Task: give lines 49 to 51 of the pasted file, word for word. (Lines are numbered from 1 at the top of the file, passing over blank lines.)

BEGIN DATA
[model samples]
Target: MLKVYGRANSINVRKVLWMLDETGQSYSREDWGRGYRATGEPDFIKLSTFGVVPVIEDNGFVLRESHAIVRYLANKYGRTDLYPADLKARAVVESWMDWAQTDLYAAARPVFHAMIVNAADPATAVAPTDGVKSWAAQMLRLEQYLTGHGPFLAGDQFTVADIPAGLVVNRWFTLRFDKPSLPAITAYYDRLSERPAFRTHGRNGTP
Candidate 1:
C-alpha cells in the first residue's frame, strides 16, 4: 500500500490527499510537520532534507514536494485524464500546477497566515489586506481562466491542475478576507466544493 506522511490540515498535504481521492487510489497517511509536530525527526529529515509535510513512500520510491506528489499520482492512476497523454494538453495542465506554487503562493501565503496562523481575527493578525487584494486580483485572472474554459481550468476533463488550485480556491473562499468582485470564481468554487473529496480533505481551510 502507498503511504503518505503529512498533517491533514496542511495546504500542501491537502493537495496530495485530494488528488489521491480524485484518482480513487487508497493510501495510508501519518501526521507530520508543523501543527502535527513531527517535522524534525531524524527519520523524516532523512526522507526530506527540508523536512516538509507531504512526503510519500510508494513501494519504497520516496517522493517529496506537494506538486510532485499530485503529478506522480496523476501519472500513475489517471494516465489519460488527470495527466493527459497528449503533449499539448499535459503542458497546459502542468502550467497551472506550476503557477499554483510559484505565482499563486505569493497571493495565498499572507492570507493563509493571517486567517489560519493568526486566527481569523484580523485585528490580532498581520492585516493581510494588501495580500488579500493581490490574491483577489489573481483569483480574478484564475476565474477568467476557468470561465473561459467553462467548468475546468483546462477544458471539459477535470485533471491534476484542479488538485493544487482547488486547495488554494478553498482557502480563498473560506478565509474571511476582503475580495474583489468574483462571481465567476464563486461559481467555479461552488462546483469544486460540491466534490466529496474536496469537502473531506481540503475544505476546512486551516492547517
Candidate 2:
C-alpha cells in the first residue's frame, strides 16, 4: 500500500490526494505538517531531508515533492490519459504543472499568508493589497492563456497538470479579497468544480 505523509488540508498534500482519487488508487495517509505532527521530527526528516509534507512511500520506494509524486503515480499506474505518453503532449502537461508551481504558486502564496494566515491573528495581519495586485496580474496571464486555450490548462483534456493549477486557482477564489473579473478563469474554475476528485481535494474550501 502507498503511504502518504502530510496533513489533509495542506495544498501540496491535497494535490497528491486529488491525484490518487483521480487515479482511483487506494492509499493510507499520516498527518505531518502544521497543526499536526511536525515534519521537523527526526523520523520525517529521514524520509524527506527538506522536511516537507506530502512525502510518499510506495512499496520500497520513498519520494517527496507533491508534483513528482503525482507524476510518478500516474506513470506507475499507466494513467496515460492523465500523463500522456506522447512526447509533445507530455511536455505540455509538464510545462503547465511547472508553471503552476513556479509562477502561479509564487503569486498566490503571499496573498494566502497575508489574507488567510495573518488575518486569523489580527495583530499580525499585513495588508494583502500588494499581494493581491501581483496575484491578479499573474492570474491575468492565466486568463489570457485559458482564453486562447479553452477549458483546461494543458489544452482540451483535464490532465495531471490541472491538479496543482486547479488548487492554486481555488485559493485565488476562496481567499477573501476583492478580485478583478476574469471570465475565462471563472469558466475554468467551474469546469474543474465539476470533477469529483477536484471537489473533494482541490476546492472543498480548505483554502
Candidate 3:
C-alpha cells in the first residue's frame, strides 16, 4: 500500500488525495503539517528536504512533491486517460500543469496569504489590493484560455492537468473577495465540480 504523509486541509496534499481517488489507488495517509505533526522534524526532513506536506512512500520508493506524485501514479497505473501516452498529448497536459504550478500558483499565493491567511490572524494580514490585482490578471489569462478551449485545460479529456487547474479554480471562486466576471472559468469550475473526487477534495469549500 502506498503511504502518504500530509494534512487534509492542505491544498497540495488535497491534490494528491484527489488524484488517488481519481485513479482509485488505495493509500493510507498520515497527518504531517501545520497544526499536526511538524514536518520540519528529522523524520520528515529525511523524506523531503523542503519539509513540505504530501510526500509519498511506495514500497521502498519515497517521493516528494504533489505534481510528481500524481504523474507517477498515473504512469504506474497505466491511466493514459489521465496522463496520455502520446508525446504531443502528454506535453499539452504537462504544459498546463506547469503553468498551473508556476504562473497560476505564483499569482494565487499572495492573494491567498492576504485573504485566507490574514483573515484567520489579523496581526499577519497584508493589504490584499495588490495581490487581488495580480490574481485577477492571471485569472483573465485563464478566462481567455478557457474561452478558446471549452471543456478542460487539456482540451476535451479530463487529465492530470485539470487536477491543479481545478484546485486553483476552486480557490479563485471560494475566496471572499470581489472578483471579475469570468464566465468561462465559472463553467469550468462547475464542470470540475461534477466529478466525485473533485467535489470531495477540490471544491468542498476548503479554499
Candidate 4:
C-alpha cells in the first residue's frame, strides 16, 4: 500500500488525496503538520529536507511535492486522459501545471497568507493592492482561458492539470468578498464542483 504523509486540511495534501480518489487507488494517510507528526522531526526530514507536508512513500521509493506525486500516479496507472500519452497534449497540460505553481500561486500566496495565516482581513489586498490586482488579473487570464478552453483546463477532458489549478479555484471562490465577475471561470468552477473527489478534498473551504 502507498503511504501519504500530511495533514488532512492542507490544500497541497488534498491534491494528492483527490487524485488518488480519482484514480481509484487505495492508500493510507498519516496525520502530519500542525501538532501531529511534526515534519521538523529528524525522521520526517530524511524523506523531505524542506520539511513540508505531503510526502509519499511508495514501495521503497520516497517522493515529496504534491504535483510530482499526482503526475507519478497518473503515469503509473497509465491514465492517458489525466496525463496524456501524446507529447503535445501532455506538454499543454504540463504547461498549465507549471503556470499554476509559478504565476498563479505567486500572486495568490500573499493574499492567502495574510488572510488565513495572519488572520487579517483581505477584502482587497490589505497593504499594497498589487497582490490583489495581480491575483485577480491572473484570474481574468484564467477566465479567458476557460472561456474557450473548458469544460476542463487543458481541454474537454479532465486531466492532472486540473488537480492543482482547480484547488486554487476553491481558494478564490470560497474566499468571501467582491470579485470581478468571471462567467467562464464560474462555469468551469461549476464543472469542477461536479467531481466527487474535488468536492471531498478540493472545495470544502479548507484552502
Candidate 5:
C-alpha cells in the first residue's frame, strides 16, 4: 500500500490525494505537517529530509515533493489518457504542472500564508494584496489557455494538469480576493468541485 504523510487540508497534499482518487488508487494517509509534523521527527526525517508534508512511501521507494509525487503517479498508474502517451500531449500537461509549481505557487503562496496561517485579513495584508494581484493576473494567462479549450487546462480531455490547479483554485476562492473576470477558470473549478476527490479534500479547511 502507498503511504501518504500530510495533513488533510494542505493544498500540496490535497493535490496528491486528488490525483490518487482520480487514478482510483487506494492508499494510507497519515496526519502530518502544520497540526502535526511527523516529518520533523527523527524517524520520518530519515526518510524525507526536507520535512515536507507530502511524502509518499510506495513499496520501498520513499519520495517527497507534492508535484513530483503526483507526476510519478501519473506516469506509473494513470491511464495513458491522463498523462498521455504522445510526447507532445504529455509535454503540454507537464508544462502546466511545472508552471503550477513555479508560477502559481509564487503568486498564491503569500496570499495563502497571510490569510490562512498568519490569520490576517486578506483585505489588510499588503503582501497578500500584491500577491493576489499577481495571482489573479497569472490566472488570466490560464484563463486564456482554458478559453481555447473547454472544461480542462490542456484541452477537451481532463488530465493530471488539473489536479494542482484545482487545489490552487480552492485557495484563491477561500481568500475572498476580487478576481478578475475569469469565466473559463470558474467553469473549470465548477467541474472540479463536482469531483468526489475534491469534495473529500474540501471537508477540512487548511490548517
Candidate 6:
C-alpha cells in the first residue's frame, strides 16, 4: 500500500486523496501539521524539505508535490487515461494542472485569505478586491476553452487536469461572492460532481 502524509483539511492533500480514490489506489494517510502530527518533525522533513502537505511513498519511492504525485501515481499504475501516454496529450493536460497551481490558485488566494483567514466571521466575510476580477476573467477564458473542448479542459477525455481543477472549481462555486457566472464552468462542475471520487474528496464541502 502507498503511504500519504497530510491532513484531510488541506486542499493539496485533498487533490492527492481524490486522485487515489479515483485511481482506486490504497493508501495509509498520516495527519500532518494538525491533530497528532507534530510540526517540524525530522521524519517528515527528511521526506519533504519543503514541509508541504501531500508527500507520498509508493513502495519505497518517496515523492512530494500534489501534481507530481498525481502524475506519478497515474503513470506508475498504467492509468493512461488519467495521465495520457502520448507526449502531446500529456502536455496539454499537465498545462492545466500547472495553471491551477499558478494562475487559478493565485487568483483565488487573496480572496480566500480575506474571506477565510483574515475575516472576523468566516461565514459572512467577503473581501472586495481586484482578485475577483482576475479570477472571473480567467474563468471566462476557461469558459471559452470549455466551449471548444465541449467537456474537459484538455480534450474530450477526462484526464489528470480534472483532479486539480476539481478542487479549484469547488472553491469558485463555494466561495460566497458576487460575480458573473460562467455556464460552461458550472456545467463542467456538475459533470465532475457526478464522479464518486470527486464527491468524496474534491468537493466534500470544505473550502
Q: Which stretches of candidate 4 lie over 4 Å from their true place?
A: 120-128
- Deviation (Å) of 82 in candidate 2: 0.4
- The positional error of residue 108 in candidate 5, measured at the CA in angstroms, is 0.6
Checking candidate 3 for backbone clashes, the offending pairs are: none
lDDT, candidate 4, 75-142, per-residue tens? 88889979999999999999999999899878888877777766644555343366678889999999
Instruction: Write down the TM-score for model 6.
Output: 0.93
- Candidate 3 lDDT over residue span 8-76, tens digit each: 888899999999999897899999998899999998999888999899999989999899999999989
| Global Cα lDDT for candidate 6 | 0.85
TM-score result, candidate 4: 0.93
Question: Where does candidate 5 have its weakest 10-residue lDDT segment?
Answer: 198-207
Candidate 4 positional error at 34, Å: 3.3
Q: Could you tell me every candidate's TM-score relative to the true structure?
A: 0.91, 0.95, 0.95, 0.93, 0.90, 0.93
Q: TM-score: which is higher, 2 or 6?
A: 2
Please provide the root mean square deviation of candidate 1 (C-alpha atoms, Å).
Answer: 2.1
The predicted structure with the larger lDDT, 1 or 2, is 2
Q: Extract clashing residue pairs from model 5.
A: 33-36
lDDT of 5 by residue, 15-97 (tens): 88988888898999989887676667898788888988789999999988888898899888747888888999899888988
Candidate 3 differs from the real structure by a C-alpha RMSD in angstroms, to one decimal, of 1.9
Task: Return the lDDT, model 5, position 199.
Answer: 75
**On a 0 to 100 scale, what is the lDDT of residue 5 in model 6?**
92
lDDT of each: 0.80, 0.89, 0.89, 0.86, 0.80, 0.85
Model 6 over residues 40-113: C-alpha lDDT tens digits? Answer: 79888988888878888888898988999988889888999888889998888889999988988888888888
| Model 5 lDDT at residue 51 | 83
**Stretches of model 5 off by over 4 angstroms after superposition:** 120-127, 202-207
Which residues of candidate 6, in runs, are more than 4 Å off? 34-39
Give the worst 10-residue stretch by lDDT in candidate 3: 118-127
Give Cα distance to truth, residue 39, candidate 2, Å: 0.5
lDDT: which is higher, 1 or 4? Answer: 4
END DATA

Give the worst 10-residue stretch by lDDT in candidate 3: 118-127
Give Cα distance to truth, residue 39, candidate 2, Å: 0.5
lDDT: which is higher, 1 or 4? Answer: 4